Labour’s pledge to scrap university tuition fees was credited with winning the party support among young people, as the Conservatives failed to win a majority in the UK’s general election.
The poll left the Conservatives as the largest party in the House of Commons but, with all but a handful of constituencies declared, they had lost 12 seats. Labour had gained 29, and the Liberal Democrats were up four, with the Scottish National Party losing 21 seats.
Labour leader Jeremy Corbyn’s pledge to abolish university tuition fees was seen as having been key to encouraging a strong turnout among 18- to 24-year-old voters, estimated to have been as high as 72 per cent.
Student votes were seen as having been key to Labour victories in seats such as Canterbury, which was prised from Tory control for the first time since 1918, and Sheffield Hallam, where former Liberal Democrat leader Nick Clegg – who, as deputy prime minister, reneged on a pledge not to increase tuition fees – was defeated.
George Osborne, the former Conservative chancellor of the exchequer, described the election result as “the revenge of the young”.
“The young are coming out and voting and they are clobbering the Tory MPs in university towns and places like that,” he told ITV.
Universities will be watching closely for the impact on negotiations over the UK's exit from the European Union, with key issues over the status of EU staff and participation in EU research programmes at stake.
In key results from the night, Justine Greening, the education secretary, was re-elected in Putney with a much-reduced majority of 1,554, while Jo Johnson, the universities minister, was returned in Orpington.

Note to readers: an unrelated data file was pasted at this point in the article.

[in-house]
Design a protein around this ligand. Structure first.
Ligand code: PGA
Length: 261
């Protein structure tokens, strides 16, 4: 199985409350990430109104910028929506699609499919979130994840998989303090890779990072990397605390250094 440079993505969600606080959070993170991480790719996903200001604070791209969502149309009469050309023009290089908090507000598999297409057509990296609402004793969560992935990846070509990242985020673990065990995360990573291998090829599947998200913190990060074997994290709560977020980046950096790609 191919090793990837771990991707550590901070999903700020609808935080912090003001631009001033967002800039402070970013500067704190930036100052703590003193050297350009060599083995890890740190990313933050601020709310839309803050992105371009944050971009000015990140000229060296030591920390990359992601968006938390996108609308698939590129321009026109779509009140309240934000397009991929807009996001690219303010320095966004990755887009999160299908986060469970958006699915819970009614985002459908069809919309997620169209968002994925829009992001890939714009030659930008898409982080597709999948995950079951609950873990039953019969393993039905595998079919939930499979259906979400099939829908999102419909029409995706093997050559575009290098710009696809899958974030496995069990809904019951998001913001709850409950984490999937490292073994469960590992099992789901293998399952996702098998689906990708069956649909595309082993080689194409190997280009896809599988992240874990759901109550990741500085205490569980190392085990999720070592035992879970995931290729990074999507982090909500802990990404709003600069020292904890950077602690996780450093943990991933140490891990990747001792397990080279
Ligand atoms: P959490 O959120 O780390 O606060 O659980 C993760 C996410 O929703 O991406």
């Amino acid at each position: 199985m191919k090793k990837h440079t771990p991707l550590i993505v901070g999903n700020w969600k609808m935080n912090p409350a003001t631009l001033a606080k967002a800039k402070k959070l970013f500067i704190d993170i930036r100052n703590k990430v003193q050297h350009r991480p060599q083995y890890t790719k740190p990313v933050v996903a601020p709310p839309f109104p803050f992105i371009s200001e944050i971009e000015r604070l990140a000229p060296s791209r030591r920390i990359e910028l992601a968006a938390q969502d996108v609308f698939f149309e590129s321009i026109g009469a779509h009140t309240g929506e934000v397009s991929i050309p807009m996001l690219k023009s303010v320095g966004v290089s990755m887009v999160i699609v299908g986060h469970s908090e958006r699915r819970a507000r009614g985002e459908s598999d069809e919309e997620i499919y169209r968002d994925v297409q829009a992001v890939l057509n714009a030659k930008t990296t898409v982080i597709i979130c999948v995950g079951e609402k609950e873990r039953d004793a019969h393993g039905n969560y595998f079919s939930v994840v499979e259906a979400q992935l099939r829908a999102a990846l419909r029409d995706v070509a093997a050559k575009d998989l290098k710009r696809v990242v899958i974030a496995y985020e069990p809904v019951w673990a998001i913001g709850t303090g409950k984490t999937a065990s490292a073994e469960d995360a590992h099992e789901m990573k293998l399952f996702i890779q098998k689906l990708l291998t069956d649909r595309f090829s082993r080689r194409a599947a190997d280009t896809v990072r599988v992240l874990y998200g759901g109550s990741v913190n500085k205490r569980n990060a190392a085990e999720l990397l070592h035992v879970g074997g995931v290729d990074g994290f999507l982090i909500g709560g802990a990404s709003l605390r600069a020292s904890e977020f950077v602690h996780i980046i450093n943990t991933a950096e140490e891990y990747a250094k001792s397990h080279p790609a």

Wes Streeting, the former president of the National Union of Students, was re-elected as Labour MP for Ilford North with a majority of 9,639, up from 589 in 2015, while Vince Cable, the former Liberal Democrat business secretary, won back the Twickenham seat that he lost two years ago.
The Liberal Democrats’ hopes of regaining Cambridge were dashed as Labour's Daniel Zeichner held the seat with an increased majority against Julian Huppert, the University of Cambridge academic who held the seat between 2010 and 2015.
Malia Bouattia, the president of the National Union of Students, said that student votes had played “a key role in marginal seats across the UK”.
“The student vote yesterday was about more than tuition fees,” she said.
“Having worked closely with nursing students at Sheffield Hallam University as they battled to save the NHS [and] University of Sheffield students fighting cuts to education...it is unsurprising that they sent a strong message in this election not only to the Lib Dems because of their betrayal, but also to the Tories and their destructive policies of cuts and privatisation.”
A poll of more than 1,000 students conducted by the Higher Education Policy Institute last month found that 55 per cent of respondents planned to back Labour, ahead of the Conservatives at 18 per cent.
A Times Higher Education poll of university staff, published last month, found 54 per cent backing for Labour, ahead of the Liberal Democrats on 24 per cent and the Conservatives on 7 per cent.